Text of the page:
California Online Voter Guide 2000 - A Project of the California Voter Foundation
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Copyright 1994-2000,
California Voter Foundation.
All rights reserved.


For Immediate Release  

For More Information, contact:

Friday, March 3, 2000  

Kim Alexander or Saskia Mills


(916) 325-2120;

California Proposition Campaigns Raise Over $150 Million

Top ten donors available at

Sacramento, California -- Proponents and opponents of California's twenty propositions have raised over $150 million, according to research compiled and released today by the California Voter Foundation. The research is available online at:

Propositions 30 and 31 are the most expensive measures on the March 7 ballot, with $55.4 million raised for and against the two measures as of February 19, followed by Prop. 1A, at $22.3 million, and Prop. 26 at $22 million. Prop 22, an initiative that would ban gay marriage in California, ranked as the fourth most expensive measure on the ballot, with $14.8 million raised by both sides. Proposition campaigns reported raising a total of $140.7 million as of February 19, and an additional $10 million has been raised between Feb. 20 - March 3 in late contributions.

"California's airwaves are flooded right now with television advertisements urging a 'yes' or 'no' vote on propositions," said Kim Alexander, President of the California Voter Foundation. "T.V advertising costs millions of dollars in California. Voters can find out who's paying for all those ads at"

CVF's web site lists the Top Ten donors supporting and opposing each proposition campaign. The list includes the donor's city, state, occupation, employer and the total amount contributed. The site also provides summary figures for each measure, showing the total amount raised and spent by each side since the beginning of the campaign, including costs to qualify the measures.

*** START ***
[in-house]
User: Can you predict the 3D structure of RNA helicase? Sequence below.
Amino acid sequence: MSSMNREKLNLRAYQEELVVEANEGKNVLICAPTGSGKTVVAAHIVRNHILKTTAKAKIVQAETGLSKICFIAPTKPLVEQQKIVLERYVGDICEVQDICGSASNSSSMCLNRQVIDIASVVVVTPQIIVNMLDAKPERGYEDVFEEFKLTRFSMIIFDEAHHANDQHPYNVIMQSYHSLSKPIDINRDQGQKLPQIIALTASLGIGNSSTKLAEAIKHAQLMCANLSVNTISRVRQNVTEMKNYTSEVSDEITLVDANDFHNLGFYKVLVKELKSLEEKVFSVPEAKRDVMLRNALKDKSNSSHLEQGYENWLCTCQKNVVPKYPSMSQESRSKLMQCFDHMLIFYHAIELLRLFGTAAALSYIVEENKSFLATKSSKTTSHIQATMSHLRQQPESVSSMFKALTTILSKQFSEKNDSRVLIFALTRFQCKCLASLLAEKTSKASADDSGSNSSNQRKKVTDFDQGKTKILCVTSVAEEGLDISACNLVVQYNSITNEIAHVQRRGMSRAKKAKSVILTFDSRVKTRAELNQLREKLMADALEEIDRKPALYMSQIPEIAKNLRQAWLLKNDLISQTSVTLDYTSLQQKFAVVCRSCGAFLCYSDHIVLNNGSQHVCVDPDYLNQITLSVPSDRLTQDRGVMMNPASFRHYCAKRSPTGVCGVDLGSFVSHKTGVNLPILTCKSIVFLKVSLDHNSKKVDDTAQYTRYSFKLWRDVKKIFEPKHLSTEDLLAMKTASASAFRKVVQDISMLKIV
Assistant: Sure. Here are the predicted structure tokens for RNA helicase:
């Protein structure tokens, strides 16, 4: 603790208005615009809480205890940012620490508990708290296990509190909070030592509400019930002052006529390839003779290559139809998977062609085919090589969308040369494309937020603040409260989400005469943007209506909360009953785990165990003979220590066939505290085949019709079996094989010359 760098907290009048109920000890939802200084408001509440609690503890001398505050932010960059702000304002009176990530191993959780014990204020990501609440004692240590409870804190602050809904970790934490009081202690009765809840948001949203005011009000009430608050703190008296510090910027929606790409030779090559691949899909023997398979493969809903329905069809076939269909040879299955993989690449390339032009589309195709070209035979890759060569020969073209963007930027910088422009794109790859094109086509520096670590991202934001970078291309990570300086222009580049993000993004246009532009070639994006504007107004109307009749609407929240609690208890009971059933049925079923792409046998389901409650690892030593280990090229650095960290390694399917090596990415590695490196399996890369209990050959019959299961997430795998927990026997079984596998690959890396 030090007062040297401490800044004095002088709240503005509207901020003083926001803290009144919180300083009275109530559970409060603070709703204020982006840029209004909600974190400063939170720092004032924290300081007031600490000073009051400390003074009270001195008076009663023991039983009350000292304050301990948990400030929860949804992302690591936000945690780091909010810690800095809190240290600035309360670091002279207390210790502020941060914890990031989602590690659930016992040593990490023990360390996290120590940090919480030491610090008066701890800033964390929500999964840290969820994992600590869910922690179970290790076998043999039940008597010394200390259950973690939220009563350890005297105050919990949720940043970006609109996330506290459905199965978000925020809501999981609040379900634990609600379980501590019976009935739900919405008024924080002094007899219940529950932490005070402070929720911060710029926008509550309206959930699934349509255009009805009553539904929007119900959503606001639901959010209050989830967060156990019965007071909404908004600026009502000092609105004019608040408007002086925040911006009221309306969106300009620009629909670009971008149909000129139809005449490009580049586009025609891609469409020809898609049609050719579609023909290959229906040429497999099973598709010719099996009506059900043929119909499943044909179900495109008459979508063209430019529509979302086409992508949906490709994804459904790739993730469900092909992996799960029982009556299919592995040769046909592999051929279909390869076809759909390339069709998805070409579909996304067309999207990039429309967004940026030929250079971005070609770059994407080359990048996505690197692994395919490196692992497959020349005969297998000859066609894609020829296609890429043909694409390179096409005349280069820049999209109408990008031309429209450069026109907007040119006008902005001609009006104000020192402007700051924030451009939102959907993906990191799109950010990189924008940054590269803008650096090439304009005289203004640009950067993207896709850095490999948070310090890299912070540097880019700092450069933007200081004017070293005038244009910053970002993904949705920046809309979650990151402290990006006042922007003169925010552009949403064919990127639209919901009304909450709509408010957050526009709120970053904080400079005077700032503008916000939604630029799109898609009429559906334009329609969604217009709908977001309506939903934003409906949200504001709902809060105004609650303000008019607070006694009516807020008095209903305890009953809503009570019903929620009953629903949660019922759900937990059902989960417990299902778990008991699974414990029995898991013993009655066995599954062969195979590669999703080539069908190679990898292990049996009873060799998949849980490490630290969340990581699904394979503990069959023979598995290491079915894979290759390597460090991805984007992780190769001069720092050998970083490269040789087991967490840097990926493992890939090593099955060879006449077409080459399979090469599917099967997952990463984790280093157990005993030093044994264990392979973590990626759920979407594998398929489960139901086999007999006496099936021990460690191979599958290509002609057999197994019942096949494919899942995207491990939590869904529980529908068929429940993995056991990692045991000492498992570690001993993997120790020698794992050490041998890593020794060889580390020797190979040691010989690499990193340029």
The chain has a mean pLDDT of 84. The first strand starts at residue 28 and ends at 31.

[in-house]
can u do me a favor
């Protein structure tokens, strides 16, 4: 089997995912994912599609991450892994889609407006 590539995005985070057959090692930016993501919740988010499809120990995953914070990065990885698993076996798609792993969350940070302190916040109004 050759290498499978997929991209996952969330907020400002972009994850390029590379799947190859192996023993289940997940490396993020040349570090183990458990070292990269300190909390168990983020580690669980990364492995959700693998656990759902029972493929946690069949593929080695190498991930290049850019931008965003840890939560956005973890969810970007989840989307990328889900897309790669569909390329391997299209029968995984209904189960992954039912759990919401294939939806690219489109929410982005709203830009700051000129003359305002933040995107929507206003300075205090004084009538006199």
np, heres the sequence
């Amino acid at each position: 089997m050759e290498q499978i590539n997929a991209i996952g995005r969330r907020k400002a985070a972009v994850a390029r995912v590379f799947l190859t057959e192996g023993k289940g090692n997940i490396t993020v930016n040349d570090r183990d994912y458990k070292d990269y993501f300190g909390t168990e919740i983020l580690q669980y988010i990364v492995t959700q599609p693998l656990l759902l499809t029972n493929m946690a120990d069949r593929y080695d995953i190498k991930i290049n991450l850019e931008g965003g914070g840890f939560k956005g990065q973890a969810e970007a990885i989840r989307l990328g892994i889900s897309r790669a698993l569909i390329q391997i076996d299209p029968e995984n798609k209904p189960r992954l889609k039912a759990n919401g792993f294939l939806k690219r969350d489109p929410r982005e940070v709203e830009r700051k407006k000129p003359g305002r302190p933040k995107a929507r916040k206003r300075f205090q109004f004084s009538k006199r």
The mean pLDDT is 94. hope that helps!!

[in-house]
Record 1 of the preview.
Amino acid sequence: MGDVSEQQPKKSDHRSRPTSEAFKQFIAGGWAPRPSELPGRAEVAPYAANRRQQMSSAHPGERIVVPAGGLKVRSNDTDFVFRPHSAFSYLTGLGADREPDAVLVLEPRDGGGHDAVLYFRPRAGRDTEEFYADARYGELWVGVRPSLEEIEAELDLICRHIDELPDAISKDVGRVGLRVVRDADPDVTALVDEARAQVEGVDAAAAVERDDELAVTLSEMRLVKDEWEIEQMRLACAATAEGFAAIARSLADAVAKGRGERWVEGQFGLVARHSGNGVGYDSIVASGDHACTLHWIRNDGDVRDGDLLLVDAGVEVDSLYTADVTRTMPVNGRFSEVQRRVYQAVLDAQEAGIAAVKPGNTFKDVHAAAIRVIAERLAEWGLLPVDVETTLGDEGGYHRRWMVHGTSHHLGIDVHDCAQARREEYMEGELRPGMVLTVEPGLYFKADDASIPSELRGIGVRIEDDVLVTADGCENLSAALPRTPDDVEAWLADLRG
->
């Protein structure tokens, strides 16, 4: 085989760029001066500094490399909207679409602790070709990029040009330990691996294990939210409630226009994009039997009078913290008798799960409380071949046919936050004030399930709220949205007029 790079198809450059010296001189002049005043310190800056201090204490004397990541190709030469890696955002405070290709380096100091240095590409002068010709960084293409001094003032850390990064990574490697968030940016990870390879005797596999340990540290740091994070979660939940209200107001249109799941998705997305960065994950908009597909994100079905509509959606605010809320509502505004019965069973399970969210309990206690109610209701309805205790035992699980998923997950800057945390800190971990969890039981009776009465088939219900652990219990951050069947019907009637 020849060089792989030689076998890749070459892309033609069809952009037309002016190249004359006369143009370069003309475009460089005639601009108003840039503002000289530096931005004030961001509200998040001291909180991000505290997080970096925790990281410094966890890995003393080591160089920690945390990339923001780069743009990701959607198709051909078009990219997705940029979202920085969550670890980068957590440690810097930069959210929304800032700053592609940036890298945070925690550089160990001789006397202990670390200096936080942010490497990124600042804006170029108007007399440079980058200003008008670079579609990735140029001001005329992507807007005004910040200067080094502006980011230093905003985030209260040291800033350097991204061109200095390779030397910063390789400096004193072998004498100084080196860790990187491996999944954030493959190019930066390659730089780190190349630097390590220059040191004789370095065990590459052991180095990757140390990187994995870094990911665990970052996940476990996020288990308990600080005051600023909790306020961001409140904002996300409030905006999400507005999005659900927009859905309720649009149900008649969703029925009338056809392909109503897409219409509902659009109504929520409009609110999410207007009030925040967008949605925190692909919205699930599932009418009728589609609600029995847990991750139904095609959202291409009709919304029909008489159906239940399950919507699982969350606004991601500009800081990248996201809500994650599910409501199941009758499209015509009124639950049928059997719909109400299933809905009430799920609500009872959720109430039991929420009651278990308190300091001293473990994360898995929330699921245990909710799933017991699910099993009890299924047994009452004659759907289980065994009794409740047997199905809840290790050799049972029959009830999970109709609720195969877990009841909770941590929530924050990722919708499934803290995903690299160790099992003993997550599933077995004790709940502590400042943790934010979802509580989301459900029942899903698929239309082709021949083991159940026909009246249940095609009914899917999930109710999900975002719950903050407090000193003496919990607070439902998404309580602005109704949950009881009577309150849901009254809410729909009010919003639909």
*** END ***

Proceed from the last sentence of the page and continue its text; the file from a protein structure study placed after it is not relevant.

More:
"Voters need help sorting out all these propositions and can cut to the chase by following the money," Alexander said. Prop 30 is supported by trial lawyers and opposed, along with Prop. 31, by insurance companies. 30 and 31 are two referenda measures that, if defeated by voters, would repeal two laws favored by trial lawyers and approved by the Legislature that would expand the right to sue insurance companies if claims are delayed. Prop 1A is supported by Indian tribes seeking to amend California's constitution to allow casino-style gambling on California tribal lands. Prop 26 is supported by the state teachers' union and high tech entrepreneurs who are seeking a change in state law that would make it easier to pass local school bonds.

CVF's web site, at, offers many services to voters looking for reliable election information, including the California Online Voter Guide, an election portal with links to over 250 campaign web sites, and "The Proposition Song", an animated sing-along presentation providing a musical overview of all 20 California propositions. "People are busy, and this is a very confusing election. Our web site helps voters understand their choices and prepare to make informed decisions on March 7," Alexander said.

The California Voter Foundation is a nonprofit, nonpartisan organization advancing new technologies to improve democracy. CVF's election 2000 projects are supported with grants from the Gerbode Foundation, the Arkay Foundation, the Carnegie Corporation of New York and the Hewlett Foundation, and contributions from members. For more information, visit


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star image This page first published March 3, 2000 -- last updated March 3, 2000 star image